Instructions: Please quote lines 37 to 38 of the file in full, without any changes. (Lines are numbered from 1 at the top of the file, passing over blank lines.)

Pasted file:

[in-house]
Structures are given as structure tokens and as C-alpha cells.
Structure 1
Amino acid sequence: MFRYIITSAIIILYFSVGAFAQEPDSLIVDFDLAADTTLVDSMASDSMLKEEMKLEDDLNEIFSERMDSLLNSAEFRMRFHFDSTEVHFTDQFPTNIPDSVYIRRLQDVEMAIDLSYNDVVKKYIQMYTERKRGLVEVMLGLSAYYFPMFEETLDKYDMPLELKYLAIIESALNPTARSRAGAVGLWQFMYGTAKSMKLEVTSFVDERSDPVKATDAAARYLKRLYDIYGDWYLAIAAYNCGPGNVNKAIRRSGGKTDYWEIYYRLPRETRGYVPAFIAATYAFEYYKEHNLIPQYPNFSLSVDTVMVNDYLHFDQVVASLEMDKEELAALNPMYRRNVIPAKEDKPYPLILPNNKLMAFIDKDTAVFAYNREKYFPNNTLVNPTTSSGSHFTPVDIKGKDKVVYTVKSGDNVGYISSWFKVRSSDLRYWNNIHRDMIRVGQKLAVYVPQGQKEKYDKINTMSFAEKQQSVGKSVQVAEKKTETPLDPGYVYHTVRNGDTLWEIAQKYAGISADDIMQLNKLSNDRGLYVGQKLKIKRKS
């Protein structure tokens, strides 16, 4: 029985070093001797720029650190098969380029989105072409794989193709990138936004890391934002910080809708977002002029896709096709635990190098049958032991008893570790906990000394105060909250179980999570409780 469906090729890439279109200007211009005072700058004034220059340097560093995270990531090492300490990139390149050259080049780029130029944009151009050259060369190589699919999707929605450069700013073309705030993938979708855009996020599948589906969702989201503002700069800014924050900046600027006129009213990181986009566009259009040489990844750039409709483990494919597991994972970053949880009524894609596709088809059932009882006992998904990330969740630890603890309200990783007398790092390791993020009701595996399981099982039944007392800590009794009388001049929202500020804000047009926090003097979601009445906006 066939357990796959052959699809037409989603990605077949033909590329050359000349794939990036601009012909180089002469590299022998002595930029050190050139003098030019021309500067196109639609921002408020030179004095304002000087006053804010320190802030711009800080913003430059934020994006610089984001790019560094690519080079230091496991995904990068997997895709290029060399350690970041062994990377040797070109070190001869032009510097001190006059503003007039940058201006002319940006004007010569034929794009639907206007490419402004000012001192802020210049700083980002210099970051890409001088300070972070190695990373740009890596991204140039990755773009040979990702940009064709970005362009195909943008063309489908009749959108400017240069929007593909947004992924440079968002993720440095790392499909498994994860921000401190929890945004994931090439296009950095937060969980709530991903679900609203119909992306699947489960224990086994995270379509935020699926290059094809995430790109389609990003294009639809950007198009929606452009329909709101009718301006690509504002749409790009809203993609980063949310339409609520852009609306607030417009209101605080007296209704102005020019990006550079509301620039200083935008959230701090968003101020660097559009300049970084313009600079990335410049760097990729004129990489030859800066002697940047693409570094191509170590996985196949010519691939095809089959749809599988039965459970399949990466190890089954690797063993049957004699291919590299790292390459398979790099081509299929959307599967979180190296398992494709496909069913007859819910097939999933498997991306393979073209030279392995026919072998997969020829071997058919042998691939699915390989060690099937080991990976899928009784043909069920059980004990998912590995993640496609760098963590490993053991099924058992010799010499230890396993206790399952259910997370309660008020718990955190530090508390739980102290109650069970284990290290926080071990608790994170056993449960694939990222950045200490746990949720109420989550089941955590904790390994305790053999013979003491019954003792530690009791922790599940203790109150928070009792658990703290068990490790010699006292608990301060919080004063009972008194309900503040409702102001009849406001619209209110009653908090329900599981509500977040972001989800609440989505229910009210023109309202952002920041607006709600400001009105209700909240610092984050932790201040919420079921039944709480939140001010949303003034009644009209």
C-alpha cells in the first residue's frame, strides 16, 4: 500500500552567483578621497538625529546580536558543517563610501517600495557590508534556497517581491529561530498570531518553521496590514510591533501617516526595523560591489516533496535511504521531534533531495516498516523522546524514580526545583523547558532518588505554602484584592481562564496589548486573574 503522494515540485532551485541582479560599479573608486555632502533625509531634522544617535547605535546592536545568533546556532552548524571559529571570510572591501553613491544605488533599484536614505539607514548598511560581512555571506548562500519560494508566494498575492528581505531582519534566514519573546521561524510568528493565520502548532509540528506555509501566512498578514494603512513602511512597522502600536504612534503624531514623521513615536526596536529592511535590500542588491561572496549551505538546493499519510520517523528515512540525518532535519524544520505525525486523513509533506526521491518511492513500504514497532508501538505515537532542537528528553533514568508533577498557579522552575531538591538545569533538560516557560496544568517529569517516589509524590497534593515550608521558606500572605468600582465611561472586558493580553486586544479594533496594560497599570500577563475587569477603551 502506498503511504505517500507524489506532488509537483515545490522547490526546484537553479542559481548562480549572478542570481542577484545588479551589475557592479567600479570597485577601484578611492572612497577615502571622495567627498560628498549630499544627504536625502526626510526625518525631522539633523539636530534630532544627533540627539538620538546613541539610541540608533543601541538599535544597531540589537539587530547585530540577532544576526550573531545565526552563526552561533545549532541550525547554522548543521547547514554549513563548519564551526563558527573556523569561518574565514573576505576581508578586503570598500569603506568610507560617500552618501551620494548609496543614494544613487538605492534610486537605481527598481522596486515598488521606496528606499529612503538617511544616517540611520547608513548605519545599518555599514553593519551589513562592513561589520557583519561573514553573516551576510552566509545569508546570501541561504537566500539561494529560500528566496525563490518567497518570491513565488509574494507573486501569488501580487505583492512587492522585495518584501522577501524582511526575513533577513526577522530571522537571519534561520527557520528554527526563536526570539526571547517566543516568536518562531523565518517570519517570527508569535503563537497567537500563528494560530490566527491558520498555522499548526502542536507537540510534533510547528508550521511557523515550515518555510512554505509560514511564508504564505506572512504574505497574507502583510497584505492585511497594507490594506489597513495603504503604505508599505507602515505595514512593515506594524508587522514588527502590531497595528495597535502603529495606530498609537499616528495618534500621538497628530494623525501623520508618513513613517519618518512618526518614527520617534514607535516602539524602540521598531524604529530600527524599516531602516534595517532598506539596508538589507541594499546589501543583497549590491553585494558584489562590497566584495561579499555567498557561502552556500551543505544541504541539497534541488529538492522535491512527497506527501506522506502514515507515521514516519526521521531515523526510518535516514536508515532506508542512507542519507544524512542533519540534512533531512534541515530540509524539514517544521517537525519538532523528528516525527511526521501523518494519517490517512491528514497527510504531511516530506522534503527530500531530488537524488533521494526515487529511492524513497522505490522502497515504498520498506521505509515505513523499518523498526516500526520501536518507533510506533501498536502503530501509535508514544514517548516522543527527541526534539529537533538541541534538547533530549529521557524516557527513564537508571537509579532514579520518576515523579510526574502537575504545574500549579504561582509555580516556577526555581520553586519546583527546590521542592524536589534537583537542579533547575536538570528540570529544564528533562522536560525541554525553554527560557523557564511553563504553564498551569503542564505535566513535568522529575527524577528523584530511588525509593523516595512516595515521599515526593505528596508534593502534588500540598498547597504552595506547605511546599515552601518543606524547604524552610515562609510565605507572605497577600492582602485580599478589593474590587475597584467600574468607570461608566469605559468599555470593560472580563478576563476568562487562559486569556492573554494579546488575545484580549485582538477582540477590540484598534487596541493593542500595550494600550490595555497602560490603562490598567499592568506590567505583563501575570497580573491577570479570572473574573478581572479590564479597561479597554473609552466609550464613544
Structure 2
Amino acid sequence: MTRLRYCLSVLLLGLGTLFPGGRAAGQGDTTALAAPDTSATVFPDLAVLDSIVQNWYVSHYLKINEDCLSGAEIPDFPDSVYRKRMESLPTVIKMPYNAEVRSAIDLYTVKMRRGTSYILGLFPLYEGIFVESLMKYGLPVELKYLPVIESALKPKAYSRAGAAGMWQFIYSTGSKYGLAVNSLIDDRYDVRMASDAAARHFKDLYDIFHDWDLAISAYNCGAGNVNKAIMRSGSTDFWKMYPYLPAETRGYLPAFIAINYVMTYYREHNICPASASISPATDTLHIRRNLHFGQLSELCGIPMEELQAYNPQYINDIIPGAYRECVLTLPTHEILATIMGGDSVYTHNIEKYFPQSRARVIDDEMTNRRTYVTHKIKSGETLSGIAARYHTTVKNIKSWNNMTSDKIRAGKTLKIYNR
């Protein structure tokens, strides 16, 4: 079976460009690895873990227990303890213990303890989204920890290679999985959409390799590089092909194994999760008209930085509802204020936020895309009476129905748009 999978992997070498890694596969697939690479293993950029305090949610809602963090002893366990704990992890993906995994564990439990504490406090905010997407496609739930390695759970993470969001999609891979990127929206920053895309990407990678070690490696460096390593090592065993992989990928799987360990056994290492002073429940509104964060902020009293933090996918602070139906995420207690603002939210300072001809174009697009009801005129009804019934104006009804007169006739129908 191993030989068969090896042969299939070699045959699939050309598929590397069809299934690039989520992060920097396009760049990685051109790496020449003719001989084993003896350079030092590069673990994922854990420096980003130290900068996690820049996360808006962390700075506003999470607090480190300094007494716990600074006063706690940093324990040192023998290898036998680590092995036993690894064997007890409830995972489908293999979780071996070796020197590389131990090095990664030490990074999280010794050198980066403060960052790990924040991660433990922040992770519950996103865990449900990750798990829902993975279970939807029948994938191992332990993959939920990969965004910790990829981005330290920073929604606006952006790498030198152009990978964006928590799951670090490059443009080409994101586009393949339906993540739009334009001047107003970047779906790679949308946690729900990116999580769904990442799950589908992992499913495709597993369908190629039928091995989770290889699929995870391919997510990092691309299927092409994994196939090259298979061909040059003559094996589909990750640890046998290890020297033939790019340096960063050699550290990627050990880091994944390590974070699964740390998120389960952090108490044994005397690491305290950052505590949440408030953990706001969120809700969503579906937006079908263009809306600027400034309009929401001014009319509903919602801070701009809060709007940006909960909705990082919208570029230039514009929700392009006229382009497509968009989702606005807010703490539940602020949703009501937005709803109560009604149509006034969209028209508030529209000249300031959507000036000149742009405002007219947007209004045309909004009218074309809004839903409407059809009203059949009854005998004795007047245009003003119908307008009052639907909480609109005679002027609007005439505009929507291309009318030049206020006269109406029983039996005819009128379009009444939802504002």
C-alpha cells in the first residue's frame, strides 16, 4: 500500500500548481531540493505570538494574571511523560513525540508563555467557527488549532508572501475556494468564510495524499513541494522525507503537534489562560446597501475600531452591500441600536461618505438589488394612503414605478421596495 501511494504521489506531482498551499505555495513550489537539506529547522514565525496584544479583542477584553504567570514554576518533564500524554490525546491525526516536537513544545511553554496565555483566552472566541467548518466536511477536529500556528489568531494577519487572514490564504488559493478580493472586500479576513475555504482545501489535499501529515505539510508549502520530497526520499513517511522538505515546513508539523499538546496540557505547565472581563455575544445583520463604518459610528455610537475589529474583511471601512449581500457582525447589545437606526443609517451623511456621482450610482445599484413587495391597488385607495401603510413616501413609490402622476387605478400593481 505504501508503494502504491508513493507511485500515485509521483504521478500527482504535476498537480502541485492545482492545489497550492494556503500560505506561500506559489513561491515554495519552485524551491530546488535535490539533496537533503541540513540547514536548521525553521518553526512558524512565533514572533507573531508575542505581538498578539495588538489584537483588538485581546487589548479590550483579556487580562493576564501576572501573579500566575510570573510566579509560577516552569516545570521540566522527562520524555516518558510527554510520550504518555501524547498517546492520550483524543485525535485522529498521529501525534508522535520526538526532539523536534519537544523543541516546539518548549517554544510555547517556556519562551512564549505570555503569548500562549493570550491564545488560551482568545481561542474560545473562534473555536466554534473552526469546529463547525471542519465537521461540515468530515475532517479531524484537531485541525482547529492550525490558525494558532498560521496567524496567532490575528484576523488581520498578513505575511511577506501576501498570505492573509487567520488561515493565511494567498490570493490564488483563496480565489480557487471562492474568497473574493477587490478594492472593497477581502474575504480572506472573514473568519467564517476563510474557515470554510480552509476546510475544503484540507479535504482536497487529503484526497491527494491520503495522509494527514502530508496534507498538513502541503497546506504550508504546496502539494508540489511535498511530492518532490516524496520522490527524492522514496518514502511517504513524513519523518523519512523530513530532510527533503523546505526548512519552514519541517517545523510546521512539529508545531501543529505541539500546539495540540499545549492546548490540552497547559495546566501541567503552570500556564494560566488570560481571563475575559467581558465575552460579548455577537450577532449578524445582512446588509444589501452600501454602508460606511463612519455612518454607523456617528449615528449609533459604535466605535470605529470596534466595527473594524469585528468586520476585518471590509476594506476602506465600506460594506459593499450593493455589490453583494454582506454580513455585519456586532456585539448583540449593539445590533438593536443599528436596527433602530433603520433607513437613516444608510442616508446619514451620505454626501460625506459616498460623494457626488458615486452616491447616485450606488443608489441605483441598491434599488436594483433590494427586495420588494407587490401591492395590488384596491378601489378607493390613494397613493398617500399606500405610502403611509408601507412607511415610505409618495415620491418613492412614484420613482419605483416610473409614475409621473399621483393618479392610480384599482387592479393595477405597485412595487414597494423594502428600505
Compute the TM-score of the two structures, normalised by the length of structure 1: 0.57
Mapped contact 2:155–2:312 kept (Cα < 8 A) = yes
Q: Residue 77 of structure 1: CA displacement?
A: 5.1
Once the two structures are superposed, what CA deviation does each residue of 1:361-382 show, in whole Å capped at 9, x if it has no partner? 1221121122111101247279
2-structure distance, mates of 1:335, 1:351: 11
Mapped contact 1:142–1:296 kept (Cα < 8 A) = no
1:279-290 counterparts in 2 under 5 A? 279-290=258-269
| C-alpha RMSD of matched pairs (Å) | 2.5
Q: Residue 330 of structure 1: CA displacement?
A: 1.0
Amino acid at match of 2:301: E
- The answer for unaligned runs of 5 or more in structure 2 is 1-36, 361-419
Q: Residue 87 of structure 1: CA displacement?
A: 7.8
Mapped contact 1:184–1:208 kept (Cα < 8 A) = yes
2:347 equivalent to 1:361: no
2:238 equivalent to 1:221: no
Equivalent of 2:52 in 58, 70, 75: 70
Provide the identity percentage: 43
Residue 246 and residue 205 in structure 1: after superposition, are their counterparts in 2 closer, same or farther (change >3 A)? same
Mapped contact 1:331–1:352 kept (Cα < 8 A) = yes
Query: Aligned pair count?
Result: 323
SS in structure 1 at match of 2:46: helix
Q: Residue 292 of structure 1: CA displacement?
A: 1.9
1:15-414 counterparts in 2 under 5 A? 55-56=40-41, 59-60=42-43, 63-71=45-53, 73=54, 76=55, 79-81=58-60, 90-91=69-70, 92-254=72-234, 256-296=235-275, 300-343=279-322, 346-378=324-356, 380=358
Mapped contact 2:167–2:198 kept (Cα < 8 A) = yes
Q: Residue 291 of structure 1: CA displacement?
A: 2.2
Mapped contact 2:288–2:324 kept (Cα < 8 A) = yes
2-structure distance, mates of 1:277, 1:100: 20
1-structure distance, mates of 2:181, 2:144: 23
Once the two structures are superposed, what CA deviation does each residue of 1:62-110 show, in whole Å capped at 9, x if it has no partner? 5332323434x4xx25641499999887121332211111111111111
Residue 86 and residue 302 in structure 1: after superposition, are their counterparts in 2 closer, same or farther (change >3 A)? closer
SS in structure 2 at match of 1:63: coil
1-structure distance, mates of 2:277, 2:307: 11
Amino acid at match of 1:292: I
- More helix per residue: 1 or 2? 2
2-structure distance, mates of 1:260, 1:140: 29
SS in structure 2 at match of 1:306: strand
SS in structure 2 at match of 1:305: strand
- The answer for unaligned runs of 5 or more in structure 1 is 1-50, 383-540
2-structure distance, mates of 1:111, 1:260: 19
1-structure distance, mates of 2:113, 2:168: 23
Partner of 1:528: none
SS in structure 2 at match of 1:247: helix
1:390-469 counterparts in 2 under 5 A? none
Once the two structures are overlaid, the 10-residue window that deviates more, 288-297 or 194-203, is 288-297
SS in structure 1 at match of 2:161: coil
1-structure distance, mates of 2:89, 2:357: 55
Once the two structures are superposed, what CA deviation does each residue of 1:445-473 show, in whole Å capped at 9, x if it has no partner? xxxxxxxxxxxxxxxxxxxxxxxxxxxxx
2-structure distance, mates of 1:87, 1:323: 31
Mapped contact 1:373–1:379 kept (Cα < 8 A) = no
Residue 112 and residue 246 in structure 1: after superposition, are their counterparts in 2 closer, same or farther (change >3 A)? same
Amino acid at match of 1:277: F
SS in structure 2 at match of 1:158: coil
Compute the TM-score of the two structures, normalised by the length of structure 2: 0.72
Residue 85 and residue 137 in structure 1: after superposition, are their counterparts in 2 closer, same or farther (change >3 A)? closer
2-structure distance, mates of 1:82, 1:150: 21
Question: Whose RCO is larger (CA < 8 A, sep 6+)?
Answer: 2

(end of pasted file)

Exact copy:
A: 1.9
1:15-414 counterparts in 2 under 5 A? 55-56=40-41, 59-60=42-43, 63-71=45-53, 73=54, 76=55, 79-81=58-60, 90-91=69-70, 92-254=72-234, 256-296=235-275, 300-343=279-322, 346-378=324-356, 380=358